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Extraversion and introversion

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Extraversion and introversion are personality traits that describe how individuals respond to their environment. The term ‘introverted’ was first introduced by Carl Jung in 1909, and the concept has since been developed and studied by various psychologists. Extraverts are typically outgoing, talkative, and thrive on social interaction. They find energy in large gatherings and may feel bored when alone. On the other hand, introverts are reflective and enjoy solitary activities. They prefer quiet environments and can often feel overwhelmed by excessive social stimulation. Ambiverts fall in the middle of this spectrum, exhibiting traits of both. The prevalence and misconceptions about these traits vary, with studies suggesting that 33 to 50% of the American population are introverts. The traits are typically assessed through self-report measures, peer-reports, and third-party observation. Both biological factors and environmental influences play a role in an individual’s level of extraversion or introversion.

Extraversion and introversion are a central trait dimension in human personality theory. The terms were introduced into psychology by Carl Jung, though both the popular understanding and current psychological usage are not the same as Jung's original concept. Extraversion (also spelled extroversion) tends to be manifested in outgoing, talkative, energetic behavior, whereas introversion is manifested in more reflective and reserved behavior. Jung defined introversion as an "attitude-type characterised by orientation in life through subjective psychic contents", and extraversion as "an attitude-type characterised by concentration of interest on the external object".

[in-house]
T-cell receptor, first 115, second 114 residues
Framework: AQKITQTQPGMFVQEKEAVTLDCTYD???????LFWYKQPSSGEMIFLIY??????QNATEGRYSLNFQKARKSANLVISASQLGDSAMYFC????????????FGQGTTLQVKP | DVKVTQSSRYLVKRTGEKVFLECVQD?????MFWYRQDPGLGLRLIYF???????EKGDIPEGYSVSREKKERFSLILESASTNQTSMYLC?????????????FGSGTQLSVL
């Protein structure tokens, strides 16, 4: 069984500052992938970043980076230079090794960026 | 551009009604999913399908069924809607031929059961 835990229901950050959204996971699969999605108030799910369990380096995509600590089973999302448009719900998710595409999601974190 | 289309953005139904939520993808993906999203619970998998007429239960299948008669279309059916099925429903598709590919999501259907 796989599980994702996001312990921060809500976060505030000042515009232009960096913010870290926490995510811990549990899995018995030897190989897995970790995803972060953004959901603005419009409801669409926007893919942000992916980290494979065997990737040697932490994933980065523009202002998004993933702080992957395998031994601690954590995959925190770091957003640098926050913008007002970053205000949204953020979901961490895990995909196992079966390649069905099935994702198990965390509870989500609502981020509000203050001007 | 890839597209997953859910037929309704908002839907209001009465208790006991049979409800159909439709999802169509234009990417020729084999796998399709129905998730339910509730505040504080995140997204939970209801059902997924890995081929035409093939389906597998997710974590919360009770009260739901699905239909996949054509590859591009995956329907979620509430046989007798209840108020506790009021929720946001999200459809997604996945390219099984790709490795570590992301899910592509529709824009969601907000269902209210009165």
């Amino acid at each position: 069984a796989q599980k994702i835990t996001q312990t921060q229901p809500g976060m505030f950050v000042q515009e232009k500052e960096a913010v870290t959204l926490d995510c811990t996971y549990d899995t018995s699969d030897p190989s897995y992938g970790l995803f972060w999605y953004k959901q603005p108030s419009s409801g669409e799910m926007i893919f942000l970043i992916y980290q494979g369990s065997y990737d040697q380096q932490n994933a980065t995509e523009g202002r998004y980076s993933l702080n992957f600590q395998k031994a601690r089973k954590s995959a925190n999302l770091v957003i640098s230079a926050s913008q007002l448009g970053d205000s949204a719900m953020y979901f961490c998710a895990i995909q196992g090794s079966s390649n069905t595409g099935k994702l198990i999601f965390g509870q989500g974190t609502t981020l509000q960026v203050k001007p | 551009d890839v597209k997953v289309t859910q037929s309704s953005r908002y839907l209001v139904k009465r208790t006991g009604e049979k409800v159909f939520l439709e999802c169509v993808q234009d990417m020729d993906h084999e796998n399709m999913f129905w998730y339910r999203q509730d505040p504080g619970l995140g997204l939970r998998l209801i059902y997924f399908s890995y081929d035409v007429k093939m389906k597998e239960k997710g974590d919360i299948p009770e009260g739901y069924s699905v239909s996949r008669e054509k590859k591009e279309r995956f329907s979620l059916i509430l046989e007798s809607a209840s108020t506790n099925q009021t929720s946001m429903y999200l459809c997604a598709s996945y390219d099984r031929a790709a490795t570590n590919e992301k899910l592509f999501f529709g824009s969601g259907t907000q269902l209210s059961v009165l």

Behavioral and psychological characteristics distinguishing introversion and extraversion, which are generally conceived as lying along a continuum.

Extraversion and introversion are typically viewed as a single continuum, so to be higher in one necessitates being lower in the other. Jung provides a different perspective and suggests that everyone has both an extraverted side and an introverted side, with one being more dominant than the other. Virtually all comprehensive models of personality include these concepts in various forms. Examples include the Big Five model, Jung's analytical psychology, Hans Eysenck's three-factor model, Raymond Cattell's 16 personality factors, the Minnesota Multiphasic Personality Inventory, and the Myers–Briggs Type Indicator.

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